They are also very stable in maintaining temperatures and easily adaptable to mounting digital accessories and fan controllers.

Since they were introduced they have been utilized in competition bbq and have been many a team’s favorite smoker. There affordable price point allows for teams to have several smokers running at different temperatures and time.

Kettles   

In 1952 George Stephen Sr. was working at Weber Brothers Metal Works in Chicago, Illinois, manufacturing marine buoys when he came up with an idea for a better grill. His invention: a dome-shaped grill with a lid to protect food from the elements, while sealing in that only-from-the-grill barbecue flavor. The Weber Kettle was born.

Personally, it is my opinion that everyone that is serious about bbq needs to have a kettle. It is the all-purpose cooker for the novice to the professional cook.

The accessories are ever growing, from rotisseries to pizza domes and list goes on.

Drum Smokers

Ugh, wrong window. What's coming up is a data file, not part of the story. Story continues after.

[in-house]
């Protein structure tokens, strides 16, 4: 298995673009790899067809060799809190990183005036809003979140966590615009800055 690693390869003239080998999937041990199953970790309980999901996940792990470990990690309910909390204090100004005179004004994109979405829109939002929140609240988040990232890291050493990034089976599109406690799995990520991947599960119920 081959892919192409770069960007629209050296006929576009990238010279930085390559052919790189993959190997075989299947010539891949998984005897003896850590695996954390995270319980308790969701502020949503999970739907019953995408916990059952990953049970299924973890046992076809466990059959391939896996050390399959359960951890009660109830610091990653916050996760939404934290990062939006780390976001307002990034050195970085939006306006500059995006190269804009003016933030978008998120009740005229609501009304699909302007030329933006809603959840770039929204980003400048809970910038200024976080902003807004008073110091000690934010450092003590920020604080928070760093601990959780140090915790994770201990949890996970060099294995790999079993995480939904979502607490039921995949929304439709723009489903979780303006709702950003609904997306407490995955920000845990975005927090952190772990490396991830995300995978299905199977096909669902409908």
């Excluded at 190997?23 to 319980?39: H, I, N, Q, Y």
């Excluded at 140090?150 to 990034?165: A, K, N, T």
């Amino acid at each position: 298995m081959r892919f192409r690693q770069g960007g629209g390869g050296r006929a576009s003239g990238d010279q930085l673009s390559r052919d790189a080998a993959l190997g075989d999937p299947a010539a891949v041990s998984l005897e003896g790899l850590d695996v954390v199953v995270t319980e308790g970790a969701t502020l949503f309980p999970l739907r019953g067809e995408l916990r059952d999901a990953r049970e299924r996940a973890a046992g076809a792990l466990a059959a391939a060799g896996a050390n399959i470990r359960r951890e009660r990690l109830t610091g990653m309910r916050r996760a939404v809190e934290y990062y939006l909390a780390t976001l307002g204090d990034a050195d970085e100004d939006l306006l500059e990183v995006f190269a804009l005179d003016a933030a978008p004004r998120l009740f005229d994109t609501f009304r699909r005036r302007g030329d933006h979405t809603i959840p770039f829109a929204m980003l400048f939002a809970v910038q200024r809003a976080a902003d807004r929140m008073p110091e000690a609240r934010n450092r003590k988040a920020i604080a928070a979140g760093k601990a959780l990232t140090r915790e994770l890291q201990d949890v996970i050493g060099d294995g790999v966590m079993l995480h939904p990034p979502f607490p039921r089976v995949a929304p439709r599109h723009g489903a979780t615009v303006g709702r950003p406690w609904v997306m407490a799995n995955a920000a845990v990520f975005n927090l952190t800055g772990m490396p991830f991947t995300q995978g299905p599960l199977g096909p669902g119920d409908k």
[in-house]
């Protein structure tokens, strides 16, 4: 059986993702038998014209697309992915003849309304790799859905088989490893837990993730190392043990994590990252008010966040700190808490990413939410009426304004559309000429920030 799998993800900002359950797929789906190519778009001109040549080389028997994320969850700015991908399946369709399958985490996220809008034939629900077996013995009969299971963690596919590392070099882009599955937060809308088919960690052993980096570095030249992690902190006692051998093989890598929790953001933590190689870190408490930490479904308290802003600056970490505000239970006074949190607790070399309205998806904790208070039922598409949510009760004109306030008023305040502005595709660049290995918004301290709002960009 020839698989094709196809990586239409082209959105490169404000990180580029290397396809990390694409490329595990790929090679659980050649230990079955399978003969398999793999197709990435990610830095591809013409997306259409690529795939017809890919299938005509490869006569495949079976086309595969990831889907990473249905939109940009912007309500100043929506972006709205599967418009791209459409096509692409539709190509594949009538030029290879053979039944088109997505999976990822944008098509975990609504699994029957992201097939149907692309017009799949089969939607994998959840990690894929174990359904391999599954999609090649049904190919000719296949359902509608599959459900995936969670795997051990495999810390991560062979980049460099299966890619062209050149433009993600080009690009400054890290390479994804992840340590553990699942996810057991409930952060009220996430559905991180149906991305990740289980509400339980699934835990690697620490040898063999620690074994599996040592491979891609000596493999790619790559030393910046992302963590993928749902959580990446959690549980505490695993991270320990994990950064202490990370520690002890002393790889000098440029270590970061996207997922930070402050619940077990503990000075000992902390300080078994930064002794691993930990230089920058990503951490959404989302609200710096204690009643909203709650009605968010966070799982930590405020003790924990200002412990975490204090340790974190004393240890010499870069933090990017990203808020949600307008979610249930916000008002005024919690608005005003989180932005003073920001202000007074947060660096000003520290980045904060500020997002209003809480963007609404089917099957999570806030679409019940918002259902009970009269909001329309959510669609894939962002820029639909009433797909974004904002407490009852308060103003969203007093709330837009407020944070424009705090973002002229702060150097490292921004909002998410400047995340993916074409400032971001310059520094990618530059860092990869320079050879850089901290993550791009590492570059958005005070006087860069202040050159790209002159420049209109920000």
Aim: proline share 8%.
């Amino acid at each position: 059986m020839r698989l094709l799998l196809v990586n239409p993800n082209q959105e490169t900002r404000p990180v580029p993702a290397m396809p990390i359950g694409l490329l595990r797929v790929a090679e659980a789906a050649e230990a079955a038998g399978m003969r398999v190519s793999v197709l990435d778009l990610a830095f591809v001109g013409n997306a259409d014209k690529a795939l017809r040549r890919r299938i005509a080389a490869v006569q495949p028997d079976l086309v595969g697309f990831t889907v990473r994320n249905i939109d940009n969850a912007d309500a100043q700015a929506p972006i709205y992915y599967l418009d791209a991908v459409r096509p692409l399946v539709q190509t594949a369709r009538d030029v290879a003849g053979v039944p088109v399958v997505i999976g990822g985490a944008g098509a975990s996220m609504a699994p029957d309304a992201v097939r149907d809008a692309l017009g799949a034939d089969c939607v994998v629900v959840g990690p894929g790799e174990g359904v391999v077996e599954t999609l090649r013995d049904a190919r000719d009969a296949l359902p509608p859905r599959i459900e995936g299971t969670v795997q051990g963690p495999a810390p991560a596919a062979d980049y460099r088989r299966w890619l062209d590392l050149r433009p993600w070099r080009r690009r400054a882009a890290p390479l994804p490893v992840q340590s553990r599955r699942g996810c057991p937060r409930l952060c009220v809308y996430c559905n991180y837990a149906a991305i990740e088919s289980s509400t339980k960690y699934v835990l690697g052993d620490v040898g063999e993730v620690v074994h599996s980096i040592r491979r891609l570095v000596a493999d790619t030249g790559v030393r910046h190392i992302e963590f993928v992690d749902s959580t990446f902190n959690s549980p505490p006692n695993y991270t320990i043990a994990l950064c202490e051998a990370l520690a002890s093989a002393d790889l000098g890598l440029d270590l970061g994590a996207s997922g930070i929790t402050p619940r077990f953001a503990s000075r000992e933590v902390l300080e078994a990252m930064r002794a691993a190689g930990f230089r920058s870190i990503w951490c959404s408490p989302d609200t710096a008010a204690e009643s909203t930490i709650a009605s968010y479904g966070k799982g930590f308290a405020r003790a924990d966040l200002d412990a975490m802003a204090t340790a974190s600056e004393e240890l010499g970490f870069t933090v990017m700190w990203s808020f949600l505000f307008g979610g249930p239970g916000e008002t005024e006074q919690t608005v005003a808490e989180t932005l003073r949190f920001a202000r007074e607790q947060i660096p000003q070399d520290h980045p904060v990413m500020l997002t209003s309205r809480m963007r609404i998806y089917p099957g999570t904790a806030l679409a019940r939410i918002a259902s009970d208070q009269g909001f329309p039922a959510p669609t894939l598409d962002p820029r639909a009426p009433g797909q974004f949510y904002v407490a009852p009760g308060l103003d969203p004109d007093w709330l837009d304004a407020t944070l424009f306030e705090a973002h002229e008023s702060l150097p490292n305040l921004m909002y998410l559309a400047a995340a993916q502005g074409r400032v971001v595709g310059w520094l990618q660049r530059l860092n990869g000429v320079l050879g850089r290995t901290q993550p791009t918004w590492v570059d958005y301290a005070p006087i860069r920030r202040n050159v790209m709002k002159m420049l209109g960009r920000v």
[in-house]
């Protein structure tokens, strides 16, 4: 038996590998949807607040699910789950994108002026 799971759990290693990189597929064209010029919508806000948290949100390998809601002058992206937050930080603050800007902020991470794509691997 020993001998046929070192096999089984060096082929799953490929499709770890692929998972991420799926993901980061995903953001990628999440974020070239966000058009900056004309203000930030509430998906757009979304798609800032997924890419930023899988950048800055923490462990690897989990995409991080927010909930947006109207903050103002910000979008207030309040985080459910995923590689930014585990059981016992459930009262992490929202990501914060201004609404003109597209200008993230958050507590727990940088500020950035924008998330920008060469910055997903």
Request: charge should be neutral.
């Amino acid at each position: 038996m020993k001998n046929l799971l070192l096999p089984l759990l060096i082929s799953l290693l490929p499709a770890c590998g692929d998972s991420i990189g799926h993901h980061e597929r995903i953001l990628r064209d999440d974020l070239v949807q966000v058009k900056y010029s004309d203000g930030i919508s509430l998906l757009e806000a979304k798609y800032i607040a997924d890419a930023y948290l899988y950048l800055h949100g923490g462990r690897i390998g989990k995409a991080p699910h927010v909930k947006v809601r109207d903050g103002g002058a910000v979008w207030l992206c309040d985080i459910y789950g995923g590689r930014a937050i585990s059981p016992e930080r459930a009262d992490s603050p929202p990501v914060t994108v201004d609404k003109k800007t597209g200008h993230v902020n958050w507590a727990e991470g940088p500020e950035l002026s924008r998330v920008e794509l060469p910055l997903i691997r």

Drum smokers or UDS as they are often referred to “ugly drum smoker” are rapidly increasing in popularity. Initially they were manufactured at home from a 55-gallon drum. These were modified by adding vents controlled with ball valves to regulate air flow. It took a bit of craftsmanship and know how to build one.

Over the years several small companies emerged with a do it yourself kit. This came with all the parts and instructions to build your own. Currently there are several companies that sell the UDS as a customizable package. The major feature of the drum type style, is its lack of seams. The body is one piece and capable of holding temperatures extremely well.

In conclusion, you can see there are many things to consider when looking to purchase a smoker. My advice to you is buy the best you can afford. Buy bigger than you think you need, your friends will be more than willing to come and eat what you’ve made.

In next month’s edition, I will cover Vertical Offsets, Vertical Reverse Flow, Horizontal Offset, and Reverse Flow Offset, smokers.

Stay Hungry and Roll Smoke!

Jed Thompson
charredapron@icloud.com